Why Study Religion? is a video series in which the CSR asks its faculty, students, staff, and guests what is important to them about the academic study of religion and why more folks should consider pursuing it. Find out more about the Center and its initiatives HERE. To learn more about OSU’s Religious Studies Major, visit our website at THIS LINK.

Why does Dr. Bradley Dubos, Provost’s Fellow in English and CSR affiliate faculty, think it’s important to study religion? Shurouq Ibrahim, CSR’s Graduate Research Associate interviewed Dr. Dubos to find out. Watch the video below for his response!

Shurouq: How would you answer the question: Why study religion?


Dr. Bradley Dubos:

So I study U.S. and indigenous literatures. And for me, there are really two major draws for thinking about religion and literature together.

The first is that religion is a site of incredible human creativity. Religion matters to so many people across different cultures throughout history, and when something matters, people get creative with it. So if we look at literary works, or art, or other works that address religious ideas, we’ll find that religion is often an opportunity for heightened creative expression, for stretching the imagination to make sense of some of these big, difficult questions that we confront. And we’ll also see writers and artists drawing on religion as a resource for creative forms of community building and placemaking. One of the things that interests me about early American history in particular is that many of the earliest and most influential Native American and African American writers are deeply engaged with religious beliefs and vocabularies and spaces. But they also powerfully transform these beliefs and vocabularies and spaces in totally creative and visionary ways that continue to shape what America is today. So that’s creativity.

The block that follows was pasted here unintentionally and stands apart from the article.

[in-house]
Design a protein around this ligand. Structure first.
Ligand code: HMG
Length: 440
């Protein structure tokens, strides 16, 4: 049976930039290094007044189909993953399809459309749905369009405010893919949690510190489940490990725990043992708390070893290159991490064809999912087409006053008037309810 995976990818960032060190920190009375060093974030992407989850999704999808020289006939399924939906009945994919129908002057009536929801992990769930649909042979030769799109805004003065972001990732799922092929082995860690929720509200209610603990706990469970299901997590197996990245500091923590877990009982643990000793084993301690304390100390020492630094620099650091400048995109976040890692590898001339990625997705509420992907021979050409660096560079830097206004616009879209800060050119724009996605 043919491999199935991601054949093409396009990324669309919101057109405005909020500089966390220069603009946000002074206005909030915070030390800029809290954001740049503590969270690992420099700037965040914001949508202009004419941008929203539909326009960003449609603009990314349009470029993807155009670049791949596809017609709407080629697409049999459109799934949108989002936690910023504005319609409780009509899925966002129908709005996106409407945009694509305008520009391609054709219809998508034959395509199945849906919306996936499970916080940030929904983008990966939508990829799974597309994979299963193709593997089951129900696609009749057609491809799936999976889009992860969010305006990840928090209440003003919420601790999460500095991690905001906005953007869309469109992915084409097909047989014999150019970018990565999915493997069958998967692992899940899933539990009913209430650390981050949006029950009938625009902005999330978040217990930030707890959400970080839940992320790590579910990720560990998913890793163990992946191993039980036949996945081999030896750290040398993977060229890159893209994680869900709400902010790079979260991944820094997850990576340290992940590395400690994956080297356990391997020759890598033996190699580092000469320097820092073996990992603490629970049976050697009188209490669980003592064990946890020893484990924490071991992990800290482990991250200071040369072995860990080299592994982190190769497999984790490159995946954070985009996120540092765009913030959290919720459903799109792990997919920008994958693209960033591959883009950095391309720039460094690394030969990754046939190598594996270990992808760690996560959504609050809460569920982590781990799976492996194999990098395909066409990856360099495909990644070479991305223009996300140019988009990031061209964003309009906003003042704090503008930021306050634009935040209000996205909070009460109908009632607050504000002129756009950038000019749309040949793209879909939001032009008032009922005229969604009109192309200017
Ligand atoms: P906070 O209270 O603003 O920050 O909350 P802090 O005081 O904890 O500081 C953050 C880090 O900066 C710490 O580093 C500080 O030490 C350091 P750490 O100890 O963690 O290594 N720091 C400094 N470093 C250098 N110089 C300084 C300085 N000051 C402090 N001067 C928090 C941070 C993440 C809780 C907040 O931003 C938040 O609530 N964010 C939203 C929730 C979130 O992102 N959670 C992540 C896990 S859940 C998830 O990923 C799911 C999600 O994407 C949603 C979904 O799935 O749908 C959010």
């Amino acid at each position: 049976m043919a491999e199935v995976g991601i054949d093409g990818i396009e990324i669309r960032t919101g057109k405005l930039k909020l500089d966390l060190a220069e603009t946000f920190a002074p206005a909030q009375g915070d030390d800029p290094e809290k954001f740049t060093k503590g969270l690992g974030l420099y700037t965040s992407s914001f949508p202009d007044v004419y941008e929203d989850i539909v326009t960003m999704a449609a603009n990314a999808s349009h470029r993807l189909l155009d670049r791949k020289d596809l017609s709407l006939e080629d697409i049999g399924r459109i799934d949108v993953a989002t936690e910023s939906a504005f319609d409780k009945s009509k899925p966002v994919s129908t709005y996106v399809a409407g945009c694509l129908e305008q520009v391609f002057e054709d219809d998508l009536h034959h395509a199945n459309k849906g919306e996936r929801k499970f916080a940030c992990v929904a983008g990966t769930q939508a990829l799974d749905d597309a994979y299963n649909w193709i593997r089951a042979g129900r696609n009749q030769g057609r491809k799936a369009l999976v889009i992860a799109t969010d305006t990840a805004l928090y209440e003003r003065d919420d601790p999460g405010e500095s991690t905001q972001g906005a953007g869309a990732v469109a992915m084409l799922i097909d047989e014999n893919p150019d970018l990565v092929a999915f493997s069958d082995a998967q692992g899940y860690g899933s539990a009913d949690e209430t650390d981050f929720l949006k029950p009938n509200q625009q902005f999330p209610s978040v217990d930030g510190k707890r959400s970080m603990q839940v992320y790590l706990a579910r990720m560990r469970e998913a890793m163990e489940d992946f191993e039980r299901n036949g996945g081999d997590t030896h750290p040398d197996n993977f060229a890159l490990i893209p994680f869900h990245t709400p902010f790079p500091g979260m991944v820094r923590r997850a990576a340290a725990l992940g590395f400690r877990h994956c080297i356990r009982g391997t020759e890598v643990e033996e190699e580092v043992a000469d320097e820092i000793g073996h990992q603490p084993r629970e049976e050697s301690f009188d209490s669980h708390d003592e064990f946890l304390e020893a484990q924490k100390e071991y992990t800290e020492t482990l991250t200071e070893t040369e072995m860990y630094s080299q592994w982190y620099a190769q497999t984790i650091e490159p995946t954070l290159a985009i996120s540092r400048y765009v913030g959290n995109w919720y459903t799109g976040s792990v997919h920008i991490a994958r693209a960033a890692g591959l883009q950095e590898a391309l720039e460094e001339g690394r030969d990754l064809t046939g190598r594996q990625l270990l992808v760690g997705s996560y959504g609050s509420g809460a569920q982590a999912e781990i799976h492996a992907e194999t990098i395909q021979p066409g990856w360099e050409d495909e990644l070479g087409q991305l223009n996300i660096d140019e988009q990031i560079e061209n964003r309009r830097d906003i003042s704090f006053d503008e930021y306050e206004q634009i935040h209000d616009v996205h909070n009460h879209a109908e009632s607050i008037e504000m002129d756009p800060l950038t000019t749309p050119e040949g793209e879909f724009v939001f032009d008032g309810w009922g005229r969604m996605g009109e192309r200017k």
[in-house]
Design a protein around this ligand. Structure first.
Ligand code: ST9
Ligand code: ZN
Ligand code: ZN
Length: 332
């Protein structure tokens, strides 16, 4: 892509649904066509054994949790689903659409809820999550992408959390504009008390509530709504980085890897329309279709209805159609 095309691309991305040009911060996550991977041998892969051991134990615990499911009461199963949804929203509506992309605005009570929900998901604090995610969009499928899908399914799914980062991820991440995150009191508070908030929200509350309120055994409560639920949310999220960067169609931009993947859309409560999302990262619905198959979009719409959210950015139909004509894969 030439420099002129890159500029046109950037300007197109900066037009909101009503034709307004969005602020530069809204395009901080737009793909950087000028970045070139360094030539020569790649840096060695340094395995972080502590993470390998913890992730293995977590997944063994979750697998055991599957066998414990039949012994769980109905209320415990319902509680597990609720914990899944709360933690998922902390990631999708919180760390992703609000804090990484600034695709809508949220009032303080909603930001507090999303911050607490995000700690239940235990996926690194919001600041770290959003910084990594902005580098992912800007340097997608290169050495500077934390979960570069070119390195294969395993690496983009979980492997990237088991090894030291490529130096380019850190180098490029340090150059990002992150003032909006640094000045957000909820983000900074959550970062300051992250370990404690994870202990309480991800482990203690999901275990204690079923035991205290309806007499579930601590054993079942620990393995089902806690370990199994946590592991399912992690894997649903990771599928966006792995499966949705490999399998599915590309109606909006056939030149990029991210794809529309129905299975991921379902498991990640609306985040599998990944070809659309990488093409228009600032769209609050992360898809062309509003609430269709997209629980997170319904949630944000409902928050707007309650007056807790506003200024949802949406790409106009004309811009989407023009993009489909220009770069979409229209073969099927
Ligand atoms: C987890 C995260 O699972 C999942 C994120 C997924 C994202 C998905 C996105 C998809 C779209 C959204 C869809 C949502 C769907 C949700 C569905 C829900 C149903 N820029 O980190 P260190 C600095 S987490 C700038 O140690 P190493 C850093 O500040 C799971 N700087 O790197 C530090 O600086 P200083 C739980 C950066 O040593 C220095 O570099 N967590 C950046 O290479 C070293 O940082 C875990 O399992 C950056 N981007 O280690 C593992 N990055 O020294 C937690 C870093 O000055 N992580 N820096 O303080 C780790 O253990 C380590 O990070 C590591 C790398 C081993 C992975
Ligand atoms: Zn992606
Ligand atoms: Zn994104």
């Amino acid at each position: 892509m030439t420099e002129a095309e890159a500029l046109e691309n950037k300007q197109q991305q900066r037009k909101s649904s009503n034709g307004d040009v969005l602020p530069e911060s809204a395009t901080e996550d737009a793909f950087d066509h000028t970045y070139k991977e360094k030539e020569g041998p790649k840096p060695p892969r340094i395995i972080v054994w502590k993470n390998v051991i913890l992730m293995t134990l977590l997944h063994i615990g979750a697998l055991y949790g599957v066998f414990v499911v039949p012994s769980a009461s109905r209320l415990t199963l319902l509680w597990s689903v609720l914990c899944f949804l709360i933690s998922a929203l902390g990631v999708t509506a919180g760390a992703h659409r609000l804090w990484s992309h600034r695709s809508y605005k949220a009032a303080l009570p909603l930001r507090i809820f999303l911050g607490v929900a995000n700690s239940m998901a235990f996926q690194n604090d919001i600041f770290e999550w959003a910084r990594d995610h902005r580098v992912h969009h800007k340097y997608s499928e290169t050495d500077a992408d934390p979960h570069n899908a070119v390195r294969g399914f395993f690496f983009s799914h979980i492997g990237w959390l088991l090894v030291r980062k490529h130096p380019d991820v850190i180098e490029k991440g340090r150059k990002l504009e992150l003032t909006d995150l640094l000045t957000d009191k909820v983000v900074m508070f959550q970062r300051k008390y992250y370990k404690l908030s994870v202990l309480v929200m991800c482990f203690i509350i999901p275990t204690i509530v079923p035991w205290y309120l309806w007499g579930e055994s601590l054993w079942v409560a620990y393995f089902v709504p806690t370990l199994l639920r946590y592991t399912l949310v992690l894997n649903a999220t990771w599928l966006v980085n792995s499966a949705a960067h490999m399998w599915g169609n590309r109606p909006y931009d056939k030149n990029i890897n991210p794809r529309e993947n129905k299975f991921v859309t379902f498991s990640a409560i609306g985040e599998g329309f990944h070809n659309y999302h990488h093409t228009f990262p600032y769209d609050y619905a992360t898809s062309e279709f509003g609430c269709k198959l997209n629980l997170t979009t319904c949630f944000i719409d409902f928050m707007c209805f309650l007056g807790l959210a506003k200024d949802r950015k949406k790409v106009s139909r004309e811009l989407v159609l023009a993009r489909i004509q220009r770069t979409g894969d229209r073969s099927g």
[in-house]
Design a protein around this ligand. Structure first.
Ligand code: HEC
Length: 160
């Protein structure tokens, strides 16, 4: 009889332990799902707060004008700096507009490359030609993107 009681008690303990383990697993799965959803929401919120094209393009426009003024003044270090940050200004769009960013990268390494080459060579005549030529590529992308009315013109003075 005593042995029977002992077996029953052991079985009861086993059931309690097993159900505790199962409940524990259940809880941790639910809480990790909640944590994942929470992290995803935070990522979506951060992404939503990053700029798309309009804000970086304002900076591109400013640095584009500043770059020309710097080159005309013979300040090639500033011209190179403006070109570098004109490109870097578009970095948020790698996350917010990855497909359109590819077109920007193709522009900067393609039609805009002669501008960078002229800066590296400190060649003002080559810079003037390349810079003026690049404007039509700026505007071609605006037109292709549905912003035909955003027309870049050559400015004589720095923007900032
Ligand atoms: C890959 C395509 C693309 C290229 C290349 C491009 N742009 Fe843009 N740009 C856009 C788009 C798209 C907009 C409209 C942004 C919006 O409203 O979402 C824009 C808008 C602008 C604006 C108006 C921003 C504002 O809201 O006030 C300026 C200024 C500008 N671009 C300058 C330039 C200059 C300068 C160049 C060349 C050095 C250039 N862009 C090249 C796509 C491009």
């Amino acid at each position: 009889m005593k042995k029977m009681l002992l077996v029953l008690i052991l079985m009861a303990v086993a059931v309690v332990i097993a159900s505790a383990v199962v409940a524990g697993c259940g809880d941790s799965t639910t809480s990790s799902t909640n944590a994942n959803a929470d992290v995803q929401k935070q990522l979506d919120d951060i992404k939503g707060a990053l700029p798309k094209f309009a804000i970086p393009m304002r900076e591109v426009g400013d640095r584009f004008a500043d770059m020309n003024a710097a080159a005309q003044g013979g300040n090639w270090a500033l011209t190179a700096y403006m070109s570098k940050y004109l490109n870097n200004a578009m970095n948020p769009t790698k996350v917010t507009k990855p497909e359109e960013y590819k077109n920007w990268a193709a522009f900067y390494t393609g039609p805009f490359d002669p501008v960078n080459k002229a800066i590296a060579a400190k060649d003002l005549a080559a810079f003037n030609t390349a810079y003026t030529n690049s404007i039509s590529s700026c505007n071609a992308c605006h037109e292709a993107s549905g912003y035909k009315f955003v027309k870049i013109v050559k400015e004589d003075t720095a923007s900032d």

The other draw for me is that studying religion can help us understand how important religion is to how we organize and experience our worlds — so our sense of place. And we could think of this in really big terms. What is the relationship between Earth and the cosmos? Why are we here? What is our purpose? What are our responsibilities on this planet? But we could also scale it down and think about it on a more everyday level. So, living in the United States, just moving through our daily lives, we might pass different places of worship. We might come across places that considered sacred or set apart in some way, such as cemeteries. We might see religious language and iconography around us, even in supposedly secular or political spaces. There’s a true diversity of beliefs and practices reflected around us that are carving out all these different religious spaces. And so, even for those who don’t identify as religious, these religious landscapes still impact the ways that we all orient ourselves and move through the world.

Dr. Bradley Dubos is a Provost’s Fellow in Native American Literature and Culture in the Department of English. He is a collaborative faculty member in the American Indian Studies program and a faculty affiliate of the Center for the Study of Religion. Dr. Dubos specializes in pre-1900 U.S. literatures and Native American and Indigenous literatures. His research interests include Indigenous poetry, American religious traditions, placemaking, and place-based pedagogy. To read more about Dr. Dubos’ research, please visit his professional profile